"There are some who feel like that conditions are such that they can attack us there," Bush told reporters at the White House. "My answer is: Bring them on. We have the force necessary to deal with the situation."
Bring 'em on? Let me get this straight: the President of the United States is encouraging Iraqi militants and Saddam loyalists to attack coalition soldiers? Mr. President, we may have the strongest military in the world but that doesn't make us invincible. You may feel invincible, but I have no doubt that the 19 year-old servicemen protecting the citizens of Baghdad don't exactly feel at ease.
He's proven it before - be it through cutting veterans medical care or by shrinking the paychecks of those who defend us - but now it's painfully clear: this president does not care about those in uniform. As long as his war is won, his popularity soars and Fox News is playing its triumphant anthems, this president doesn't care how many young men and women die protecting America.
I'm a big fan of David Brooks. He came to Kenyon last fall and gave a great talk that largely centered on his excellent book, Bobos In Paradise. He has a great knack for identifying the social and political dynamics that many of us see but don't fully understand. In his most recent piece in the Weekly Standard he takes a close look at how many Democrats have tied themselves in knots trying to show the evilness of the Bush administration so effectively that they have essentially weakened their own chances of success against him.
"It's mystifying. Fury rarely wins elections. Rage rarely appeals to suburban moderates. And there is a mountain of evidence that the Democrats are now racing away from swing voters, who do not hate George Bush, and who, despite their qualms about the economy and certain policies, do not feel that the republic is being raped by vile and illegitimate marauders. The Democrats, indeed, look like they're turning into a domestic version of the Palestinians--a group so enraged at their perceived oppressors, and so caught up in their own victimization, that they behave in ways that are patently not in their self-interest, and that are almost guaranteed to perpetuate their suffering."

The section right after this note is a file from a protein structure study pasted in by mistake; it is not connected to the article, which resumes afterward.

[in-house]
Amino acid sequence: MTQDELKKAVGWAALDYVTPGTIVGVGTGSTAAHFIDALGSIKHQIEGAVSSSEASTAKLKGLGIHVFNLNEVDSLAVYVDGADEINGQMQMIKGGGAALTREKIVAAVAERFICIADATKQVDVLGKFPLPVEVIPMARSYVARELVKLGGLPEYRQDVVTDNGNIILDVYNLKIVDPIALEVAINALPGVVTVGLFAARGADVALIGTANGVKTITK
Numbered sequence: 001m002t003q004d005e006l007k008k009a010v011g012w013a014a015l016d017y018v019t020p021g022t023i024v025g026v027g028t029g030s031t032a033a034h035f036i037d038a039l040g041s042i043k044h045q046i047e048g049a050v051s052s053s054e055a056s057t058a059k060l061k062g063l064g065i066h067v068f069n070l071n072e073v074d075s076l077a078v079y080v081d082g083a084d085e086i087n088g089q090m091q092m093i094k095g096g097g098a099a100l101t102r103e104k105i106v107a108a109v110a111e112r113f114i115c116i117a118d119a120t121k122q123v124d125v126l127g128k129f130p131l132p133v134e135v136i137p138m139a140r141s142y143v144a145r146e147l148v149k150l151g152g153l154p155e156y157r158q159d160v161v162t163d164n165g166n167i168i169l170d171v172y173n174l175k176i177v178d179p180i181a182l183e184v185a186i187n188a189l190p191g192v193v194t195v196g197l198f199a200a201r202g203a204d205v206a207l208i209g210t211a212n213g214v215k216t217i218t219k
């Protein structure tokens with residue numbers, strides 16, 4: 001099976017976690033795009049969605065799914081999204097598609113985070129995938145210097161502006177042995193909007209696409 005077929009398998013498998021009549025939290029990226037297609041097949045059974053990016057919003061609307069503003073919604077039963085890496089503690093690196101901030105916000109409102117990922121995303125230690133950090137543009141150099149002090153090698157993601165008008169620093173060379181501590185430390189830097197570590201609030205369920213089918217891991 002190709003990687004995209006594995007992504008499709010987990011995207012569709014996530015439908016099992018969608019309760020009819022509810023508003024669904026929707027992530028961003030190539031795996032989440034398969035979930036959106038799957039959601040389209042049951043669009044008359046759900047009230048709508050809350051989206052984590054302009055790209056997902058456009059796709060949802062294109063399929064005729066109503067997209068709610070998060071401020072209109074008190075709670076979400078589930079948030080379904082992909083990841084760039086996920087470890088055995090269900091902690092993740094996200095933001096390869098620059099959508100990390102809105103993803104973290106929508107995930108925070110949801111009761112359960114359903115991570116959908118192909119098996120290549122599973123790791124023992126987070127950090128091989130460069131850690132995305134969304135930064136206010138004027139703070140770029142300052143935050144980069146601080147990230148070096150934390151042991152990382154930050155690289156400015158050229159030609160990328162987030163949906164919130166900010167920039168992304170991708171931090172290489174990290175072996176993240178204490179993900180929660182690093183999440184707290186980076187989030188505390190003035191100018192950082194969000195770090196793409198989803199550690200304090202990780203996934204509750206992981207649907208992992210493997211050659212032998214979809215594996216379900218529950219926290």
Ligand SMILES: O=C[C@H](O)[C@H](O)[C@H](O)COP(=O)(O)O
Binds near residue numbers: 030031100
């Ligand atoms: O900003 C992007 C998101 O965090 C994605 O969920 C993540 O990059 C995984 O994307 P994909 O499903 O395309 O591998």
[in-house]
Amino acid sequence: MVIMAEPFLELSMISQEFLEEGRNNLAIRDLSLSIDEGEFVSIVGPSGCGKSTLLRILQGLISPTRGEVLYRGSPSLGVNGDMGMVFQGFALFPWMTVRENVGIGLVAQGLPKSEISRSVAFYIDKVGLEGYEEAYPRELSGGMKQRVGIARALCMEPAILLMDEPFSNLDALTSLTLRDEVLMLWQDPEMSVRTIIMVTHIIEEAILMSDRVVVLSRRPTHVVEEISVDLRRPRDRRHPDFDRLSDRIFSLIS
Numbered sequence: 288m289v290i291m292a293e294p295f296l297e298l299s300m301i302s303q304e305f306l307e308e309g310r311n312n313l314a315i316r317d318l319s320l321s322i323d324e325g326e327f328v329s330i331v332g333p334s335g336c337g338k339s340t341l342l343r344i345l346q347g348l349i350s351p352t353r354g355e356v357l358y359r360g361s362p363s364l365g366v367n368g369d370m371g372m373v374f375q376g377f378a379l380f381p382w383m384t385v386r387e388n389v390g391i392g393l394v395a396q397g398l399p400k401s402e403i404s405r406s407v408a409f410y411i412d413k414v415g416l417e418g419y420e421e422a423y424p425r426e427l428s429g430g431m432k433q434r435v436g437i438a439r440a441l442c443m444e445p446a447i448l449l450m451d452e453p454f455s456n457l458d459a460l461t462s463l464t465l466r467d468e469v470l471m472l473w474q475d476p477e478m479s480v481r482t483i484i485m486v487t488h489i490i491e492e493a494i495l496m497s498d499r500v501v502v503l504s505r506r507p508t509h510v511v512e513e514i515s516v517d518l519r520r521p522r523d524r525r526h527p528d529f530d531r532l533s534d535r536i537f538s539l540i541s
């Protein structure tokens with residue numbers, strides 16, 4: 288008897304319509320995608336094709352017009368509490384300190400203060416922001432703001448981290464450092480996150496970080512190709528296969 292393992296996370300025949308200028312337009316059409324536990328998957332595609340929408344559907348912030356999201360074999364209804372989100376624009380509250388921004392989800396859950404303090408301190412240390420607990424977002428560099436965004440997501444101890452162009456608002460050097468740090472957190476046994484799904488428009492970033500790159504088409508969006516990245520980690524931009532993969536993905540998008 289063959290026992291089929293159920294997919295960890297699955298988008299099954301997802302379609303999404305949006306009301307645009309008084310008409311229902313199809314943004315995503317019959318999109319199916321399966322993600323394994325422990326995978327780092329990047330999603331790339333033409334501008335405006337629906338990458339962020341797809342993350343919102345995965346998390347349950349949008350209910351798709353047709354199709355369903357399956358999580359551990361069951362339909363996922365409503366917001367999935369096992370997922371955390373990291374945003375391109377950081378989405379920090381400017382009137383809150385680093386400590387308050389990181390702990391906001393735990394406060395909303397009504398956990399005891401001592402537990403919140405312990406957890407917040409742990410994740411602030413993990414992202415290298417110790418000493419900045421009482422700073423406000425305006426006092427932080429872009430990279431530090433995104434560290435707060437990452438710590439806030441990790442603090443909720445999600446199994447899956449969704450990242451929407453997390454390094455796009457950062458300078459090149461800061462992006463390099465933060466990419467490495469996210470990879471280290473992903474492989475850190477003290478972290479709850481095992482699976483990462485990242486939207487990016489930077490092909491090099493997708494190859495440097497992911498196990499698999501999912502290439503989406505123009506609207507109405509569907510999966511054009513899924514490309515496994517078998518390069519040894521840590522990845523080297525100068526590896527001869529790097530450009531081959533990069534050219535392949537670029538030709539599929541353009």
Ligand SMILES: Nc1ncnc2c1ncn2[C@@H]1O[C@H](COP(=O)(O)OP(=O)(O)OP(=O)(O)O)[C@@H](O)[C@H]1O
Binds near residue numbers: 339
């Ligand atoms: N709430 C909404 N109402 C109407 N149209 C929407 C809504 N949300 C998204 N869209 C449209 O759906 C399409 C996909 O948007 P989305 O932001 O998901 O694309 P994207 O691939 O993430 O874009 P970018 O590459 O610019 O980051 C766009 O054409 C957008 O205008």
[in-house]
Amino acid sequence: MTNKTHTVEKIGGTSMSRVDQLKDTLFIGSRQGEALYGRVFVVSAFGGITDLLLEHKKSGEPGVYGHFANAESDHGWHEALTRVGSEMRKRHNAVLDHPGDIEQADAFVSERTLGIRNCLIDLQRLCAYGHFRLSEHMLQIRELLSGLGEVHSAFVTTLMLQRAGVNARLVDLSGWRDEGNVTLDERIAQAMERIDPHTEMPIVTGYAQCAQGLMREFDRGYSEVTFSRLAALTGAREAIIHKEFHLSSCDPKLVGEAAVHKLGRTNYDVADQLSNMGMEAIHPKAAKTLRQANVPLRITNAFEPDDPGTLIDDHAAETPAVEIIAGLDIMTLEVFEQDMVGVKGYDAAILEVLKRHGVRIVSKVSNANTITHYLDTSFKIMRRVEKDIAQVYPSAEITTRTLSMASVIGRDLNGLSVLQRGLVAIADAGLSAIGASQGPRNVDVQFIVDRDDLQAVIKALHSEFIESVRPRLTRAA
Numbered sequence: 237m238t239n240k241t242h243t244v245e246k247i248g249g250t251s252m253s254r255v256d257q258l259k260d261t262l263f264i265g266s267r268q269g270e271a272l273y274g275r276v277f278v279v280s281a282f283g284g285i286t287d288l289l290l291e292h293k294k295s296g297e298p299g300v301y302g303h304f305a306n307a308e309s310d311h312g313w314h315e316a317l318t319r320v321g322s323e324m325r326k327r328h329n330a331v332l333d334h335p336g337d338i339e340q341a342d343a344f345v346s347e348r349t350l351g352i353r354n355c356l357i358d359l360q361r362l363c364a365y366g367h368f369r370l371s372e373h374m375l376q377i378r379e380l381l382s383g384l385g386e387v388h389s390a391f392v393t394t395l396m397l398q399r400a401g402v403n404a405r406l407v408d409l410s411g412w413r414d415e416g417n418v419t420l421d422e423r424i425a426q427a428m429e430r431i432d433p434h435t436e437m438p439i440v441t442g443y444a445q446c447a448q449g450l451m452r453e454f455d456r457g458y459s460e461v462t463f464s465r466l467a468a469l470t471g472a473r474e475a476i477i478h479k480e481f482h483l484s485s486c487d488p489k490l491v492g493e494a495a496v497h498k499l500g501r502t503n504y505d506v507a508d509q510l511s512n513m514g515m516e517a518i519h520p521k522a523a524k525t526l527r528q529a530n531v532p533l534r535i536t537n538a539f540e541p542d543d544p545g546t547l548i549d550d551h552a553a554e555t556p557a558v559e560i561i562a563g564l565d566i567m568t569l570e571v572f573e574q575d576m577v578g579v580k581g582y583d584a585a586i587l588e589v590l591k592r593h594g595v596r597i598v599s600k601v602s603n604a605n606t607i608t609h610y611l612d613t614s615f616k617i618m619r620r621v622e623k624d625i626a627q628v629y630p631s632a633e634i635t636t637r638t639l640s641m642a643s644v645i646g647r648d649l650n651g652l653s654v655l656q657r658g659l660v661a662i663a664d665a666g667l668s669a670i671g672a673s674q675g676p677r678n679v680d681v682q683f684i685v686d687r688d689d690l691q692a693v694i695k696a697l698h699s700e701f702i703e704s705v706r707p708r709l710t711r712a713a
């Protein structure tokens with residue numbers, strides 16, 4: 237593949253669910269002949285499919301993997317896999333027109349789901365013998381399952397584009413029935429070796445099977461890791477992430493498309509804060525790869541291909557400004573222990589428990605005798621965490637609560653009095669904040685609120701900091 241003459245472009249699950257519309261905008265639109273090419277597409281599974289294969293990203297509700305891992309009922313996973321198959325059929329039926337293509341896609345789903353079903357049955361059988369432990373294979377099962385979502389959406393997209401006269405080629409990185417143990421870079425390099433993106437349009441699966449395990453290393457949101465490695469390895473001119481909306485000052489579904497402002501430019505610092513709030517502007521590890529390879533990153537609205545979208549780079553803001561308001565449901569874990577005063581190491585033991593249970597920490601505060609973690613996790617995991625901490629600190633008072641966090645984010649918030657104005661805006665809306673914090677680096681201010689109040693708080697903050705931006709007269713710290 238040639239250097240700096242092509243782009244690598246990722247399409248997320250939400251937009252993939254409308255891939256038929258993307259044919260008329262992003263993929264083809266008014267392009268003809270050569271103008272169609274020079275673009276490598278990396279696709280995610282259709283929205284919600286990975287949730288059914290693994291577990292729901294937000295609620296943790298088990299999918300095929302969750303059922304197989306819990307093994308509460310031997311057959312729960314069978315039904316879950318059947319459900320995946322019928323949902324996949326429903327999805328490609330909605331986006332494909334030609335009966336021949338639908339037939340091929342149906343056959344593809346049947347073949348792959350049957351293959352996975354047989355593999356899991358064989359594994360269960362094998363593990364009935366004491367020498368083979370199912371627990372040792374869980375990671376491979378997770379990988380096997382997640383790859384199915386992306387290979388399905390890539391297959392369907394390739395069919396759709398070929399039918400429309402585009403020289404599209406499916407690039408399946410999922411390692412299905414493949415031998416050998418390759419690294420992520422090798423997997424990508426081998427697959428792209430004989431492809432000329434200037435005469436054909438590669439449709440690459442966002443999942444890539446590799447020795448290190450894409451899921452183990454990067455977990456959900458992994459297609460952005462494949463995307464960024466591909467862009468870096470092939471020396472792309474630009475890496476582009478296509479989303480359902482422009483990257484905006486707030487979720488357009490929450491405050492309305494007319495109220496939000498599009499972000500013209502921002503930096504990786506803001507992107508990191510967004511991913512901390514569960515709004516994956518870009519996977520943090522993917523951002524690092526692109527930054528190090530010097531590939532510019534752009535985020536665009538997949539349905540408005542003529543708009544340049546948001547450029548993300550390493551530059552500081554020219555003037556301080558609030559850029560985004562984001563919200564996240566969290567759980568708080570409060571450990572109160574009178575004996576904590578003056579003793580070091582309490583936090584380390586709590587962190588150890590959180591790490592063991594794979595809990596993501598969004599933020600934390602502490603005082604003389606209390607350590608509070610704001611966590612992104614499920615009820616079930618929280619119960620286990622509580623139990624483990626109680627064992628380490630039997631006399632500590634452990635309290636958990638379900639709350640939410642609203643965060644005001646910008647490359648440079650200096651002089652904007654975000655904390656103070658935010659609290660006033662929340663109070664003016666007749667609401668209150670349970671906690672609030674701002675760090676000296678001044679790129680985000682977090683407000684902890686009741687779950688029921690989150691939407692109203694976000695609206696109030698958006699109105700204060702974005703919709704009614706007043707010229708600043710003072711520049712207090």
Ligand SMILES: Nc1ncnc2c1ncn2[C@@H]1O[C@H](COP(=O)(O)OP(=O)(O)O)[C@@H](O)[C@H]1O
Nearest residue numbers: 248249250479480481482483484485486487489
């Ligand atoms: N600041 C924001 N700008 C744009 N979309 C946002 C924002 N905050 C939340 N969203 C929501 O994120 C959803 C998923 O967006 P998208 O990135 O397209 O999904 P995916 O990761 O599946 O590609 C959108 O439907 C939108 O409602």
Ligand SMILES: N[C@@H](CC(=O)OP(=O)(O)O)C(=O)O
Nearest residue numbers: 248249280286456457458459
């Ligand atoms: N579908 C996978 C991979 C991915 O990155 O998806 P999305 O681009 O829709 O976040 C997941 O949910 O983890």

Now, this analogy is probably too strong, but the general argument remains: Democrats are on the verge of losing it - and I'm not just talking about the election. People are flocking to Howard Dean, and his financial report will only embolden his support. But a lot of that is because he's the "hate Bush" candidate. As Brooks identifies clearly, the "hate Bush" candidate won't appeal to that very small segment of swing voters that Democrats desperately need. As the country has gotten more and more partisan, those swing states will become more and more important.
Demonizing the president won't play as well in West Virginia, Florida and Nevada as Dean might think. Sure there's lots of hatred out there, but it won't help Democrats win anything. Once primary voters realize this, they will realize that Dean isn't all he's cracked up to be - and Democrats will be better off because of it.